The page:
We return again to contemporary car advertising. What’s with these oil-painting-a-like hyper-real images of impossible perfection?
Well, they are not so nice as the advert shown above. How about this:
Lens flare? Check. Depopulated background? Check. CAD data instead of a real car? Check. Deep contrasts, dark shadows? Check. We are good to go. All clichées are on board.
These images gently hint at the tension between the image of the car as a means to gain freedom and the suburbia cars helped necessitate, don’t they? The two go together like bacon and a lot of eggs but we never actually see the car in suburbia in ads – unless it’s for irony’s sake. Suburbia is the enemy of the car’s cool image: all those traffic lights, speed limits, other makers’ cars, and children playing.
Instead the preferred style for many ads is to have the vehicle placed in a huge and obstacle-free environment. If there is a city it is in the background, safely distant:
If the car is placed in the city, it is usually miraculously free of traffic. Did you know that after 7.20 on weeknights Manhattan has next to no vehicular traffic?
One simply doesn’t believe in these images. Fitz and Van’s painted adverts from the 60s were as artificial as these publicity shots and yet they work well because one can project onto them. The CAD-style images shown here leave no space at all for the imagination since every variable has been resolved and the car is in a placeless place. The matter leads on to ask about why a real photo of a real car in a real place (every variable resolved by nature) can allow space for the imagination while these images do not.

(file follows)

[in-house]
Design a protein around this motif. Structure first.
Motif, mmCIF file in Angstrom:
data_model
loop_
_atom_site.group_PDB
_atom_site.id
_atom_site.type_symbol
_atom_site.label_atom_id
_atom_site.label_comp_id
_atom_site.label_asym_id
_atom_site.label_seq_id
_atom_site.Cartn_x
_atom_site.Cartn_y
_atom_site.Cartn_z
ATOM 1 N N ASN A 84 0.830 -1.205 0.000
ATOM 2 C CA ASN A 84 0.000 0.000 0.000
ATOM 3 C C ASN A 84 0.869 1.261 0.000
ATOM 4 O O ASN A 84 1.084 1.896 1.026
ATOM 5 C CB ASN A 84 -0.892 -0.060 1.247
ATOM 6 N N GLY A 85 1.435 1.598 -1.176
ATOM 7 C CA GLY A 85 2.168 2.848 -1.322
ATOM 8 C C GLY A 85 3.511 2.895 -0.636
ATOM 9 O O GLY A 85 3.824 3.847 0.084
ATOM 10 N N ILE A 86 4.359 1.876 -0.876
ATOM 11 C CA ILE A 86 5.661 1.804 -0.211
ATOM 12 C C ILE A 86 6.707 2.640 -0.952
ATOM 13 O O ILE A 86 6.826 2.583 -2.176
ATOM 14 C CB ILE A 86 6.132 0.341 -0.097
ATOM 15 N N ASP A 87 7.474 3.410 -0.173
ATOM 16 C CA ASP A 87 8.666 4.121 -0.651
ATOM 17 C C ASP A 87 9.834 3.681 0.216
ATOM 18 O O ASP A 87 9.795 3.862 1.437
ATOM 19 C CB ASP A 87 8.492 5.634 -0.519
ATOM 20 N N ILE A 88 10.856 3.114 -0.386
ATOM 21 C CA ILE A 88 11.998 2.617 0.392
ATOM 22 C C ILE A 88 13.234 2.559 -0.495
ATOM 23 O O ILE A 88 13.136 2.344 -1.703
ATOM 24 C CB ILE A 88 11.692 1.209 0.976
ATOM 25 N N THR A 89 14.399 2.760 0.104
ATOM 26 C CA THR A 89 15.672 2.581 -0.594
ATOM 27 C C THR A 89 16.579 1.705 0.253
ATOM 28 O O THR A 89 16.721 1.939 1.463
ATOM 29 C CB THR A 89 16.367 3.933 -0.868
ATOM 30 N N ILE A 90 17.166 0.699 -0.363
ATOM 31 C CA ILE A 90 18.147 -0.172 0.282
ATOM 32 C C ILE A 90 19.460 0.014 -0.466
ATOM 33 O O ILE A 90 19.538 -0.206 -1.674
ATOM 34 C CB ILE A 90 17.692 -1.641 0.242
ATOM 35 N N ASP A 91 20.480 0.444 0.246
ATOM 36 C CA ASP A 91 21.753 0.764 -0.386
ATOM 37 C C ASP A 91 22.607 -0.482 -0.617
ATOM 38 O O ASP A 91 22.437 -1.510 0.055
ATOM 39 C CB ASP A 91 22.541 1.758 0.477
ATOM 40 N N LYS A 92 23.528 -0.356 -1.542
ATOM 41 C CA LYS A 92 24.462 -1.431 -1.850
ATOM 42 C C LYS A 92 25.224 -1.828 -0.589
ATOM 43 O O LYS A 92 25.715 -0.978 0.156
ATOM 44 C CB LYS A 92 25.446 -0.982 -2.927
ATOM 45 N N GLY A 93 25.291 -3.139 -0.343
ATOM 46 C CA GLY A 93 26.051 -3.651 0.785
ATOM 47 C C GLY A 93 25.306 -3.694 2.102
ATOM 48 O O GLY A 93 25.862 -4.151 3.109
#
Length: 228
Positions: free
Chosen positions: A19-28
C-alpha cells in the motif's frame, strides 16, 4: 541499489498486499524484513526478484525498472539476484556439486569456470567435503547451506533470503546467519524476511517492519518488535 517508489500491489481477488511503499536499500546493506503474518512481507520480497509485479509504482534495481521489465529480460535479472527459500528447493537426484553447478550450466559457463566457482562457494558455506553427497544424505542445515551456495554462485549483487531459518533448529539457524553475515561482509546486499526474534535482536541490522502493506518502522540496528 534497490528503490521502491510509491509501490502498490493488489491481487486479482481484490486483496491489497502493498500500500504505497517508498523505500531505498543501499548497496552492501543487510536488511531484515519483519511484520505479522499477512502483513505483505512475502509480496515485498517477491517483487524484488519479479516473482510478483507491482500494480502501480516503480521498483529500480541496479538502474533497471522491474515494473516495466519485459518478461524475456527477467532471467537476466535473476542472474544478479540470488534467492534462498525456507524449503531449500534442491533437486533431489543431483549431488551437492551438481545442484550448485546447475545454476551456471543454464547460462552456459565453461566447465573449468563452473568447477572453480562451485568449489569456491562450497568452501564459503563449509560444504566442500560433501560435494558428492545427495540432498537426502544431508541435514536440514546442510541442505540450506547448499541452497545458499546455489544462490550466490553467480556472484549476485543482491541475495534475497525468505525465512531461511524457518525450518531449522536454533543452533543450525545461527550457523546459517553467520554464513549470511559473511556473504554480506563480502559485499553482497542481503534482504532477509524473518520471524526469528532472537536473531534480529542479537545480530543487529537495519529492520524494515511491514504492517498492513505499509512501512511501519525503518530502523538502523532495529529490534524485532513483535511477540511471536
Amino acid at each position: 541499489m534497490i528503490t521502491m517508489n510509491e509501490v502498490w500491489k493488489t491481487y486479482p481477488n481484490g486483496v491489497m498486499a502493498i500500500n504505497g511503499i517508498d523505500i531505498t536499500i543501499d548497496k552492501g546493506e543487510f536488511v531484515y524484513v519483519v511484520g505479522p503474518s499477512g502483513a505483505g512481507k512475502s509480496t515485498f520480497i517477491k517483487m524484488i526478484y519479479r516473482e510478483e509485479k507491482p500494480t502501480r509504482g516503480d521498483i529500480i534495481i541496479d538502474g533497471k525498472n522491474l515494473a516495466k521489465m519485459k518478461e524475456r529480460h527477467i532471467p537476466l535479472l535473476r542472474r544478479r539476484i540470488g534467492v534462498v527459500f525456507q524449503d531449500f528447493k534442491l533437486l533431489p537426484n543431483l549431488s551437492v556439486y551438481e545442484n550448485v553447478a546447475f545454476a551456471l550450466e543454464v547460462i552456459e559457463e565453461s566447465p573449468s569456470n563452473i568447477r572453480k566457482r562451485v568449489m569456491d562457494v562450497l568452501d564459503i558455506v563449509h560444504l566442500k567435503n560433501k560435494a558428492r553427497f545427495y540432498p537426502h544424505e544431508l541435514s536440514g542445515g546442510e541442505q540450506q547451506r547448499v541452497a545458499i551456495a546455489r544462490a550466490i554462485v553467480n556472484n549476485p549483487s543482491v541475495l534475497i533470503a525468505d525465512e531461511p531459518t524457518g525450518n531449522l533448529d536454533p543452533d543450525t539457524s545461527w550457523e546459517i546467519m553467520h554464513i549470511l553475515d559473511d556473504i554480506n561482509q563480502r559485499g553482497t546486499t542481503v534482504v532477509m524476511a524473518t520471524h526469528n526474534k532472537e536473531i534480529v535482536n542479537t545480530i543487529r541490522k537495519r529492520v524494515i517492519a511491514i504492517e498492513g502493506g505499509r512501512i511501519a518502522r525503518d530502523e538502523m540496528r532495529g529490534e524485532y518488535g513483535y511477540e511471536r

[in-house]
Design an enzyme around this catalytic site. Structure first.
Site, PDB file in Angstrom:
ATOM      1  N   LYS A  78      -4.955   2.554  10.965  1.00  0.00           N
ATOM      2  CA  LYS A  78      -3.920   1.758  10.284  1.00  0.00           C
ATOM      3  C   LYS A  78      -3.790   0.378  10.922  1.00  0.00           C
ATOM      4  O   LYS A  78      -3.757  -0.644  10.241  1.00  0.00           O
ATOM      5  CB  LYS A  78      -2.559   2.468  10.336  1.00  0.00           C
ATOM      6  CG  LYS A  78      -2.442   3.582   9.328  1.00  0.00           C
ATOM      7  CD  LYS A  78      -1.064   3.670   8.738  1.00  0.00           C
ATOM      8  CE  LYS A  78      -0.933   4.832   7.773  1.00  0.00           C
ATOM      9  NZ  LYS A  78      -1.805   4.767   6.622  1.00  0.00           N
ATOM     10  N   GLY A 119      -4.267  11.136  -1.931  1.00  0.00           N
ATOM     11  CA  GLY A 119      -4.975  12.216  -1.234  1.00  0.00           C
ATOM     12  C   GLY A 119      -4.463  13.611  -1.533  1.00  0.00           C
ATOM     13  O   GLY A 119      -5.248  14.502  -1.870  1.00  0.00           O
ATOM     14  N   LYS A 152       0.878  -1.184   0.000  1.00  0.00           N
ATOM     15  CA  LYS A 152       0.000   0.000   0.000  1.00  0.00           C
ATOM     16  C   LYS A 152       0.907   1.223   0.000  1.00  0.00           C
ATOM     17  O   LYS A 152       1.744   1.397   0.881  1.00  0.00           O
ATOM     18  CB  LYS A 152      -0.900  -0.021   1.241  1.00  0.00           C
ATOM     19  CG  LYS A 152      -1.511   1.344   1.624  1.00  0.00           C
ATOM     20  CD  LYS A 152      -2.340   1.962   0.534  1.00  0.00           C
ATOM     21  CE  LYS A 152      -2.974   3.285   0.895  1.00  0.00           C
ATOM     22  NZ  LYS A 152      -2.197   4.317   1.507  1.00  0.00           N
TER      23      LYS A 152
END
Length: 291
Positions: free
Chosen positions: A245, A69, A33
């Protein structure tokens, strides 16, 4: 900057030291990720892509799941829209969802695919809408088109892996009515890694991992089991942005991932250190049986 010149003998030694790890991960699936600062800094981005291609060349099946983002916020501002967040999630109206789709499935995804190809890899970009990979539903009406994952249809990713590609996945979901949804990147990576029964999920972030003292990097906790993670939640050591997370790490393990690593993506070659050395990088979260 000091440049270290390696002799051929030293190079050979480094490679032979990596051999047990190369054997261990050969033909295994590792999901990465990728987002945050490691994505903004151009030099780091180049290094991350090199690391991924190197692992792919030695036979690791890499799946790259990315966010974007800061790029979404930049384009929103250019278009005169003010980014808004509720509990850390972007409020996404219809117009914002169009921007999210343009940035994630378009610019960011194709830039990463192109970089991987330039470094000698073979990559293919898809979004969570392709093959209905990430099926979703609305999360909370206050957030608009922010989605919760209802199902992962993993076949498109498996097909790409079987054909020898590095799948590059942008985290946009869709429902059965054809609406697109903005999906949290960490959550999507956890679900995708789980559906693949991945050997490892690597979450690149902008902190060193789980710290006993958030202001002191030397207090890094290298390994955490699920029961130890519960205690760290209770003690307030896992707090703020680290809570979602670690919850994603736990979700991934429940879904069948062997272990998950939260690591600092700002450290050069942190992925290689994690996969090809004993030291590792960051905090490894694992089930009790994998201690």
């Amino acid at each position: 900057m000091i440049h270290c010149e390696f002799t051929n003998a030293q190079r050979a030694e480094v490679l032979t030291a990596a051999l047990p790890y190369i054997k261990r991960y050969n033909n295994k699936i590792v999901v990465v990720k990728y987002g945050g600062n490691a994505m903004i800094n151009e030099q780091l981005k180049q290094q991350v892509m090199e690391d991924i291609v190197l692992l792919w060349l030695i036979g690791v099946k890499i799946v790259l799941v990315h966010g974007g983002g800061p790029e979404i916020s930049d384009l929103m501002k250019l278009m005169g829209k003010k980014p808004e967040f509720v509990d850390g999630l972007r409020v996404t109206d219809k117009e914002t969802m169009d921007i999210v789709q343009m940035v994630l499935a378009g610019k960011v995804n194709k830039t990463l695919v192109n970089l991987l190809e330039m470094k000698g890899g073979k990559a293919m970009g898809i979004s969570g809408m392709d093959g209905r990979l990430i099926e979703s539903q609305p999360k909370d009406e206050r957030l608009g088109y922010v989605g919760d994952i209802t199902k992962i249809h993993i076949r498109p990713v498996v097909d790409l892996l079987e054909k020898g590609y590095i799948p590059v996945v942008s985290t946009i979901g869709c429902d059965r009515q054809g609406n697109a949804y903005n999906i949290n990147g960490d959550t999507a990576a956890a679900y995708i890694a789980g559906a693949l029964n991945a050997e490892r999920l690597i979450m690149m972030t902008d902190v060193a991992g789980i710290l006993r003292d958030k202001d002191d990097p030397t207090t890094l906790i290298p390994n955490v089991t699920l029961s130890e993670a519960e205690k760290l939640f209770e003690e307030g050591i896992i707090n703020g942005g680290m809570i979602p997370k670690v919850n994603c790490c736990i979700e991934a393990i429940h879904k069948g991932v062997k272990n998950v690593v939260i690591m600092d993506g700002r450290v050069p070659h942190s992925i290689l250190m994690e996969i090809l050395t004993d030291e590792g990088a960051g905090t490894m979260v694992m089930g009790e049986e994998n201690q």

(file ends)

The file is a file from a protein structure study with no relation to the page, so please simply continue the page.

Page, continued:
The Photoshop masters are every bit as aware of rendering nature as any 19th century oil painter. It’s not a lack of skill but a lack of humanity, quirkiness, vaguess, ambiguity which renders these images sterile. The real photo of the real car suggests that you can go there, to the place, and see that same thing or something quite like it. That’s why you can project dreams onto a photo.
There are some valid reasons – to do with security – that mean it is very hard to take the 2016 Maxda RX-whatever out to a nice patch of the Caledonian mountains for half a day of photography. Cameras are everywhere and people are everywhere in the way they weren’t back in 1975. The launch might be six months away and nobody in management wants the news spoiled by a spy shot in Autobild or Autocar.
The necessity of avoiding places with people is that the images are sending out a very cold signal about these machines. Among the reasons I like my car is its relation to my life: family, friends, activities and its place in society. These cars above have no friends and never do anything except sit, alone, in dead places. The driver is not visible, there are no passengers. The cars will drive around and what then? Who wants to be in the places represented by these images. If you drove there you would drive away again.